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An anti-glare, anti-reflective display for mobile devices?

Date:
July 16, 2014
Source:
American Chemical Society
Summary:
If you've ever tried to watch a video on a tablet on a sunny day, you know you have to tilt it at just the right angle to get rid of glare or invest in a special filter. But now scientists are reporting that they've developed a novel glass surface that reduces both glare and reflection, which continue to plague even the best mobile displays today.

If you've ever tried to watch a video on a tablet on a sunny day, you know you have to tilt it at just the right angle to get rid of glare or invest in a special filter. But now scientists are reporting in the journal ACS Applied Materials & Interfaces that they've developed a novel glass surface that reduces both glare and reflection, which continue to plague even the best mobile displays today.

Valerio Pruneri and colleagues note that much effort has been poured into anti-reflective and anti-glare technology. In the highly competitive digital age, any bonus feature on a device gives it an edge. But for the most part, that hasn't included an integrated anti-glare, anti-reflective display. Users still typically have to dish out extra cash for a filter or film -- some of questionable effectiveness -- to lay on top of their glass screens so they can use the devices in bright light. One of the most promising developments involves layering anti-reflective nano-structures on top of an anti-glare surface. But the existing technique doesn't work well with glass, the material of choice for many electronic displays, so Pruneri's team at ICFO (The Institute of Photonic Sciences) in collaboration with Prantik Mazumder's team at Corning Incorporated set out to find a new method.

On a very fine scale, they roughened a glass surface so it could scatter light and ward off glare but without hurting the glass's transparency. Then the researchers etched nano-size teeth into the surface to make it anti-reflective. In addition to achieving both of these visual traits, the researchers showed the textured surface repelled water, mimicking a lotus leaf. Although the anti-glare roughening protects the nano-size glass teeth, further research is needed to ensure that the surface can withstand heavy touchscreen use, they say. They add that the method is inexpensive and can easily be scaled up for industry use.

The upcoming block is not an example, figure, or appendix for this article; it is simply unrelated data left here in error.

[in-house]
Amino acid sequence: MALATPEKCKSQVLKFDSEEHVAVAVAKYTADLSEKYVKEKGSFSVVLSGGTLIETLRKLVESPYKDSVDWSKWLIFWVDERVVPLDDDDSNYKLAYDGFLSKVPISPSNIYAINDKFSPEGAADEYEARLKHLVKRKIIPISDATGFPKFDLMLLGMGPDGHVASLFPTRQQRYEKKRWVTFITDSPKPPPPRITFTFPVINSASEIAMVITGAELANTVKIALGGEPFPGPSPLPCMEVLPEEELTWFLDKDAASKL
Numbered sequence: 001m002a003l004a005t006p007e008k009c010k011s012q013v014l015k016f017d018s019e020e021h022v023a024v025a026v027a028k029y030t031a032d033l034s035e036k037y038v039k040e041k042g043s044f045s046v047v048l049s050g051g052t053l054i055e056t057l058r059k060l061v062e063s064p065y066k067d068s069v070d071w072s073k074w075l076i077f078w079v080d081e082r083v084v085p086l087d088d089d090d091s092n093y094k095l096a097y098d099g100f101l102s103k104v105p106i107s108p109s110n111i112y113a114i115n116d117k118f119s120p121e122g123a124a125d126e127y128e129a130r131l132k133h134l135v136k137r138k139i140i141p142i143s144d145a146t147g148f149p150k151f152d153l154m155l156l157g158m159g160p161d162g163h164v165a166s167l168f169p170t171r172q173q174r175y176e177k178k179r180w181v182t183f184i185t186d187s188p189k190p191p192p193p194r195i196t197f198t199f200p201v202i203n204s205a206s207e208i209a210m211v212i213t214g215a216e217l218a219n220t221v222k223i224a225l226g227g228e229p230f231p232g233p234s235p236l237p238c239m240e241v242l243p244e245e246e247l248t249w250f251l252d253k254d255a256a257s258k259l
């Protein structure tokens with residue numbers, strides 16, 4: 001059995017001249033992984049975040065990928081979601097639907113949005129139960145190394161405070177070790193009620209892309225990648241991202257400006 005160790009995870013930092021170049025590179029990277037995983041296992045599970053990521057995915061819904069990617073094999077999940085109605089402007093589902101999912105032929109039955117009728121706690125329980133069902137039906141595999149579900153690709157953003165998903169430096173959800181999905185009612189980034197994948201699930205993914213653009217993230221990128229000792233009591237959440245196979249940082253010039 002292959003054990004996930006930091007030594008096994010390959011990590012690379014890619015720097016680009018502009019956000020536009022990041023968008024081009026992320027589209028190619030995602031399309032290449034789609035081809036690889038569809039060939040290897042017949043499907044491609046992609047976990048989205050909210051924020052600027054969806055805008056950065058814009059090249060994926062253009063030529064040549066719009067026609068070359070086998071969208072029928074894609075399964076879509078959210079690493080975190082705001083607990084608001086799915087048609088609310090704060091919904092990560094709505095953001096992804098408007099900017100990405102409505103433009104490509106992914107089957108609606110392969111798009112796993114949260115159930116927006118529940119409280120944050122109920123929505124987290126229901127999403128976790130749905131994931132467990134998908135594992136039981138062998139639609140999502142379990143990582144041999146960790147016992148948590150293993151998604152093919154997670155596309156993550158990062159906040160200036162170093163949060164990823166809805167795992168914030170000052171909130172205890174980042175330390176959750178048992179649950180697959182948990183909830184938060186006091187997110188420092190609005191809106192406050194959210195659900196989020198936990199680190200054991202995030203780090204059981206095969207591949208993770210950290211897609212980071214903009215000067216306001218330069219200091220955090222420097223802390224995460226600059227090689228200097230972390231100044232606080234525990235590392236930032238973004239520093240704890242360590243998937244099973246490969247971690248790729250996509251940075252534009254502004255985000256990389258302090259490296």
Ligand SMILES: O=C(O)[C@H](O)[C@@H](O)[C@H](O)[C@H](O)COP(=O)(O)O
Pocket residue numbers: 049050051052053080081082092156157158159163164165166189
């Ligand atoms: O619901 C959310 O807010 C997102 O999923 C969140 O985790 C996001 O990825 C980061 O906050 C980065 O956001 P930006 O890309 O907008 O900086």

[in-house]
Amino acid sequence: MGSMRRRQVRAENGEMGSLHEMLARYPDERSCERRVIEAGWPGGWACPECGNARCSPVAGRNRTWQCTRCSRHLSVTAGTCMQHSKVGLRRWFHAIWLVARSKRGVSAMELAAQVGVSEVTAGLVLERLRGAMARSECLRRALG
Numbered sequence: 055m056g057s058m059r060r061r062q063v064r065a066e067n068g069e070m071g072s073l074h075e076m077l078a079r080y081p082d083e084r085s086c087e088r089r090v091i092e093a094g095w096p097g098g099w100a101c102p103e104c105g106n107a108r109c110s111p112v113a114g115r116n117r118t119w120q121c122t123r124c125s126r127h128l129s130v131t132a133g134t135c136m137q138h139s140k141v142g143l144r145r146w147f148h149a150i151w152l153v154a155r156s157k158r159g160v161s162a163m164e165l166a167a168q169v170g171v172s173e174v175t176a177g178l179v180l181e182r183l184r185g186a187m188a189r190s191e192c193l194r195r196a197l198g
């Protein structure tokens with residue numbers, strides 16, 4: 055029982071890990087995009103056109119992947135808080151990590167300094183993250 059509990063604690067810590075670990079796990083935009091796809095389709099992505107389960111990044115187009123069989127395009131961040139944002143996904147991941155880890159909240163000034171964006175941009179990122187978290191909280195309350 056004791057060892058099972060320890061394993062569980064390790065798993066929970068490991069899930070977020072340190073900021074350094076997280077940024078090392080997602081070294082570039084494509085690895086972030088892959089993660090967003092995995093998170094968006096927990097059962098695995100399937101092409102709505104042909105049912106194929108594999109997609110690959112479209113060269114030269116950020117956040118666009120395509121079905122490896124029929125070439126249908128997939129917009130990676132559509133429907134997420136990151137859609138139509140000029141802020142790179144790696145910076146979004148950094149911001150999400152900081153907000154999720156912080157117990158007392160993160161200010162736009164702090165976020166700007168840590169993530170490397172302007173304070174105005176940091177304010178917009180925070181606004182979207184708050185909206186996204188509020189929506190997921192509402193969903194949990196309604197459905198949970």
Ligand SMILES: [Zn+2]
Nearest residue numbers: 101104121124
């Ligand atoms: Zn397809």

Story Source:

The above story is based on materials provided by American Chemical Society. Note: Materials may be edited for content and length.


Journal Reference:

  1. Domenico Tulli, Shandon D. Hart, Prantik Mazumder, Albert Carrilero, Lili Tian, Karl W. Koch, Ruchirej Yongsunthon, Garrett A. Piech, Valerio Pruneri. Monolithically Integrated Micro- and Nanostructured Glass Surface with Antiglare, Antireflection, and Superhydrophobic Properties. ACS Applied Materials & Interfaces, 2014; 140707105045004 DOI: 10.1021/am5013062

Cite This Page:

American Chemical Society. "An anti-glare, anti-reflective display for mobile devices?." ScienceDaily. ScienceDaily, 16 July 2014. <www.sciencedaily.com/releases/2014/07/140716112753.htm>.
American Chemical Society. (2014, July 16). An anti-glare, anti-reflective display for mobile devices?. ScienceDaily. Retrieved October 1, 2014 from www.sciencedaily.com/releases/2014/07/140716112753.htm
American Chemical Society. "An anti-glare, anti-reflective display for mobile devices?." ScienceDaily. www.sciencedaily.com/releases/2014/07/140716112753.htm (accessed October 1, 2014).

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